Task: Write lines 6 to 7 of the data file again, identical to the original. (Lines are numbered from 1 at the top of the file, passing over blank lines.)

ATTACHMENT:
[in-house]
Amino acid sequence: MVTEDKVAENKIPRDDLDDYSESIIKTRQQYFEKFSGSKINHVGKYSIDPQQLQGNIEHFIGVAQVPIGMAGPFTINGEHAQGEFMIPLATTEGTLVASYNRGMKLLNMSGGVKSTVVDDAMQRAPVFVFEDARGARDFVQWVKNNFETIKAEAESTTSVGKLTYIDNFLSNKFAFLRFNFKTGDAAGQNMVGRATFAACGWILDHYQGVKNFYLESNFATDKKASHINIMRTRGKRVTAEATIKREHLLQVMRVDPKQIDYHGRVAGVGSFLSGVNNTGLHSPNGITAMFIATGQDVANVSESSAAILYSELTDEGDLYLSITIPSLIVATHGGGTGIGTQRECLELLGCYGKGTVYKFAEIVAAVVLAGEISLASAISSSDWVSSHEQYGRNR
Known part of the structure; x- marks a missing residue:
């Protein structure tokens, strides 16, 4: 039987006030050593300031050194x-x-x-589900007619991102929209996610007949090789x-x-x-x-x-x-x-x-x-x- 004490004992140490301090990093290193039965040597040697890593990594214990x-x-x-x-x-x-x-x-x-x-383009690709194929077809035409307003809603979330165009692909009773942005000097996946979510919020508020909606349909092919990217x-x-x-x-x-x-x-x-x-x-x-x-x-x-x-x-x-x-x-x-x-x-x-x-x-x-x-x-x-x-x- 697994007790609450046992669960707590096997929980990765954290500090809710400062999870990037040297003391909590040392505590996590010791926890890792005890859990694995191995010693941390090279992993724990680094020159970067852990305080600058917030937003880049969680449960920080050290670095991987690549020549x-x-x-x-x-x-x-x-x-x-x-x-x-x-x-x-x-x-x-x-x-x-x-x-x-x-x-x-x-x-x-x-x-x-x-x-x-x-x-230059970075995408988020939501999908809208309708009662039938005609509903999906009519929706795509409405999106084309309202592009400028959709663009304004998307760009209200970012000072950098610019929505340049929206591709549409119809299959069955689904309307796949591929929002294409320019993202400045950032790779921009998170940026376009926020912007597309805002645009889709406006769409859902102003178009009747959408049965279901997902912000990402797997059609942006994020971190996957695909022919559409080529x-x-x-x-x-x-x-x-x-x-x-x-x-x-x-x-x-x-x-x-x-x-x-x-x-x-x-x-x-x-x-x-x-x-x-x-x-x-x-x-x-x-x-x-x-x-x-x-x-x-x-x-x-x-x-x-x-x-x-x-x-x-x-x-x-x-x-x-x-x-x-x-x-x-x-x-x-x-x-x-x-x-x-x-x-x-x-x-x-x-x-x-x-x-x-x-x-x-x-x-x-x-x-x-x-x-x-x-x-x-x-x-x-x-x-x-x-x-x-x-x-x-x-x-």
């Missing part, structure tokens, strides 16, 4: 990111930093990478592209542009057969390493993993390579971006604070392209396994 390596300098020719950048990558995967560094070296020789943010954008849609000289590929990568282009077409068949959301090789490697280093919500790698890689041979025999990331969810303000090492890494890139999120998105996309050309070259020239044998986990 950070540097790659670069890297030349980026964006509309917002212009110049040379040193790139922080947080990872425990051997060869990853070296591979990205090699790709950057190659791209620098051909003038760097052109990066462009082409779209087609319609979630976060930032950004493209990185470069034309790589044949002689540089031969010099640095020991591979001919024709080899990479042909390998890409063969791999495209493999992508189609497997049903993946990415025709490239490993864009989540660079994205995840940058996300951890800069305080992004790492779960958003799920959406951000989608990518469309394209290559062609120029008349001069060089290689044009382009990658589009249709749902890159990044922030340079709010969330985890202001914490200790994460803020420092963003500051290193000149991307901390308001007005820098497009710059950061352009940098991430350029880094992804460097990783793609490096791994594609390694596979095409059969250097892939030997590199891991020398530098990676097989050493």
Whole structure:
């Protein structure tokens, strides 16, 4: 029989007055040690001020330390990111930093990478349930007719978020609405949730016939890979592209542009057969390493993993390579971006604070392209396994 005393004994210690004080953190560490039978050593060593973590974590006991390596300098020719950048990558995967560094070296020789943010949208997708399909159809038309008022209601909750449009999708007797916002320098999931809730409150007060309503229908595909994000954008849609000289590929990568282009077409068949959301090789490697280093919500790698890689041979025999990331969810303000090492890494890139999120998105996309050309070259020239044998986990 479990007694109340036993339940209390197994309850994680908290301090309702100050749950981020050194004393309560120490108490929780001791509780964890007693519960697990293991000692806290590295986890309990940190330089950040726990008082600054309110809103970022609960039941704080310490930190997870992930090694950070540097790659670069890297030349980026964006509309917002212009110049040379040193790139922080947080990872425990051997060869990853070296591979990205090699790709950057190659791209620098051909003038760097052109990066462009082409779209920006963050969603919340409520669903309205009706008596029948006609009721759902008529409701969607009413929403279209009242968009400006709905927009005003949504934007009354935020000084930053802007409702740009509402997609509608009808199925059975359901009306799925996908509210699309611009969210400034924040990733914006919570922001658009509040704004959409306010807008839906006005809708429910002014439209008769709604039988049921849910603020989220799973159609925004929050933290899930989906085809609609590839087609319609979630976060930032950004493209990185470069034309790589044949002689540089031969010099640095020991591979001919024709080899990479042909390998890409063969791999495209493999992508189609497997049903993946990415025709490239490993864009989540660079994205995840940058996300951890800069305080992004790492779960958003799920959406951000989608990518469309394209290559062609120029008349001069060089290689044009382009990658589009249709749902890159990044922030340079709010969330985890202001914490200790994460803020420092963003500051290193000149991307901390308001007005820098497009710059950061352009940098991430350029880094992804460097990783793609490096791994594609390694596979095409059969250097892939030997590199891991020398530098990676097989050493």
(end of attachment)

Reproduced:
Whole structure:
């Protein structure tokens, strides 16, 4: 029989007055040690001020330390990111930093990478349930007719978020609405949730016939890979592209542009057969390493993993390579971006604070392209396994 005393004994210690004080953190560490039978050593060593973590974590006991390596300098020719950048990558995967560094070296020789943010949208997708399909159809038309008022209601909750449009999708007797916002320098999931809730409150007060309503229908595909994000954008849609000289590929990568282009077409068949959301090789490697280093919500790698890689041979025999990331969810303000090492890494890139999120998105996309050309070259020239044998986990 479990007694109340036993339940209390197994309850994680908290301090309702100050749950981020050194004393309560120490108490929780001791509780964890007693519960697990293991000692806290590295986890309990940190330089950040726990008082600054309110809103970022609960039941704080310490930190997870992930090694950070540097790659670069890297030349980026964006509309917002212009110049040379040193790139922080947080990872425990051997060869990853070296591979990205090699790709950057190659791209620098051909003038760097052109990066462009082409779209920006963050969603919340409520669903309205009706008596029948006609009721759902008529409701969607009413929403279209009242968009400006709905927009005003949504934007009354935020000084930053802007409702740009509402997609509608009808199925059975359901009306799925996908509210699309611009969210400034924040990733914006919570922001658009509040704004959409306010807008839906006005809708429910002014439209008769709604039988049921849910603020989220799973159609925004929050933290899930989906085809609609590839087609319609979630976060930032950004493209990185470069034309790589044949002689540089031969010099640095020991591979001919024709080899990479042909390998890409063969791999495209493999992508189609497997049903993946990415025709490239490993864009989540660079994205995840940058996300951890800069305080992004790492779960958003799920959406951000989608990518469309394209290559062609120029008349001069060089290689044009382009990658589009249709749902890159990044922030340079709010969330985890202001914490200790994460803020420092963003500051290193000149991307901390308001007005820098497009710059950061352009940098991430350029880094992804460097990783793609490096791994594609390694596979095409059969250097892939030997590199891991020398530098990676097989050493």